William Alexander (bishop)

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Bishop Alexander as caricatured by Spy (Leslie Ward) in Vanity Fair, November 1895

William Alexander (13 April 1824 – 12 September 1911) was an Irish cleric in the Church of Ireland.

Life[edit]

He was born in Derry on the 13 April 1824, the third child of the Revd Robert Alexander. He was educated at Tonbridge School and Brasenose College, Oxford.

After holding several livings in Ireland he became Dean of Emly in 1864. Three years later he was made bishop of Derry and Raphoe, to which see he was nominated on 27 July and consecrated on 6 October 1867. He was the last bishop of Ireland to sit in the Westminster House of Lords before the disestablishment of the Church of Ireland in 1871 by the Irish Church Act 1869. On 25 February 1896 he was translated to become the Archbishop of Armagh and Primate of All Ireland.

He gave the Bampton Lectures in 1876. An eloquent preacher and the author of numerous theological works, including Primary Convictions, he is best known as a master of dignified and animated verse. His poems were collected in 1887 under the title of St Augustine's Holiday and other Poems.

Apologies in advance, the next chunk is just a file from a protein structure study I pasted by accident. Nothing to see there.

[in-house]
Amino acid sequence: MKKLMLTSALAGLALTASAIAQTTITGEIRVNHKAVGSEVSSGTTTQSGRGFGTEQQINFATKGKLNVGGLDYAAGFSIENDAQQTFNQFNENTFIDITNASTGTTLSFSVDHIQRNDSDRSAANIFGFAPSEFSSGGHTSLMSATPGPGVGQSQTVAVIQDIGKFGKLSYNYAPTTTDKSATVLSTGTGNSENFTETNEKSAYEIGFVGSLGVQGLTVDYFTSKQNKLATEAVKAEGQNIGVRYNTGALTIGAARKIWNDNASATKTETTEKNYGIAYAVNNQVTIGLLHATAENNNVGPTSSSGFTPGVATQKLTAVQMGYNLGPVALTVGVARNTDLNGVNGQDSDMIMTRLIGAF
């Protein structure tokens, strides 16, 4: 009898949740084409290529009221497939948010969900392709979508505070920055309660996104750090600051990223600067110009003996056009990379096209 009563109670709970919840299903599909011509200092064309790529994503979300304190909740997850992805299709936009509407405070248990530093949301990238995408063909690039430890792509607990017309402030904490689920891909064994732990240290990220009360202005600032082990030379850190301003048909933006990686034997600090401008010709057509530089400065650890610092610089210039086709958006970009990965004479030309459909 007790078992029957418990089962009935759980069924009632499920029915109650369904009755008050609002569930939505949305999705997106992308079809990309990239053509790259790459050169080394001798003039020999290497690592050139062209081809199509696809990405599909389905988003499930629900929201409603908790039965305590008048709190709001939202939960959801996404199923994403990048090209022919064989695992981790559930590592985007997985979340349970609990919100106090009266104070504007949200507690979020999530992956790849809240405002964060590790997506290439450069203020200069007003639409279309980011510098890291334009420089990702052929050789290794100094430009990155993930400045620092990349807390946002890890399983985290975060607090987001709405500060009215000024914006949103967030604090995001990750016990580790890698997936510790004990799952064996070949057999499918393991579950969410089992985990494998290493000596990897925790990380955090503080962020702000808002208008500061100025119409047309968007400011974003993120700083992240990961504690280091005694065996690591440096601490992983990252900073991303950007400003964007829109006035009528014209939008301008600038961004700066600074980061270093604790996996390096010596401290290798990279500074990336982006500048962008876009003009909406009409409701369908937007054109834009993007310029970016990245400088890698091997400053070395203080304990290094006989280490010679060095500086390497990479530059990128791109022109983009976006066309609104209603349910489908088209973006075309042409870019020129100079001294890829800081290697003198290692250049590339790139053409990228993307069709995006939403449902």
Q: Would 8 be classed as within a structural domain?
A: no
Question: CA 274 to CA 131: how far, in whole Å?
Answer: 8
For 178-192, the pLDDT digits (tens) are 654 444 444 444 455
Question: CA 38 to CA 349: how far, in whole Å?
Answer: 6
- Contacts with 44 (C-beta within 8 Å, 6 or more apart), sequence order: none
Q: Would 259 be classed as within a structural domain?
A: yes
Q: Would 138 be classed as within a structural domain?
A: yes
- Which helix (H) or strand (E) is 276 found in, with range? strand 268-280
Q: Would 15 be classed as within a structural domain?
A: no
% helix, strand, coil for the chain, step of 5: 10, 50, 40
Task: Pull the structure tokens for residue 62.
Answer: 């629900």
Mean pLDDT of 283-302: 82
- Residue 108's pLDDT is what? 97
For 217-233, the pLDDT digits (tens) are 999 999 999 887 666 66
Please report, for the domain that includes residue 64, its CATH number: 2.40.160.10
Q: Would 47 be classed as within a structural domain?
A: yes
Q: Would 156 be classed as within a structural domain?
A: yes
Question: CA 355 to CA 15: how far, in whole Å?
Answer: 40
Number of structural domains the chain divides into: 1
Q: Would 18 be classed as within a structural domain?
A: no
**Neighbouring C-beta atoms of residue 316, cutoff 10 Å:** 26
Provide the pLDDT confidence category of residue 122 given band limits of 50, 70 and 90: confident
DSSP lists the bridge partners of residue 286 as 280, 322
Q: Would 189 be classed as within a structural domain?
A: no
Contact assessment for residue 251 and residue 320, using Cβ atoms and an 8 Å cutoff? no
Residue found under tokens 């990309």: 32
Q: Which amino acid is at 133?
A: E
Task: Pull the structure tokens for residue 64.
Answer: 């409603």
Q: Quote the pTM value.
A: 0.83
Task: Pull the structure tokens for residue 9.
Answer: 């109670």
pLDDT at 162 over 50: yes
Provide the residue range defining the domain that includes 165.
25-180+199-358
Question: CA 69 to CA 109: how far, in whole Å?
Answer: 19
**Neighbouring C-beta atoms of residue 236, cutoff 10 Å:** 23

His wife, Cecil Frances Alexander, wrote some tracts in connection with the Oxford Movement. She is known as the author of hymns such as Once in Royal David's City, All Things Bright and Beautiful and many other well known hymns. They both lived in Milltown House, Strabane. The house is now used as a school, Strabane Grammar School.

References in literature[edit]

Bishop Alexander is mentioned as part of the procession in James Joyce's cyclops episode of Ulysses.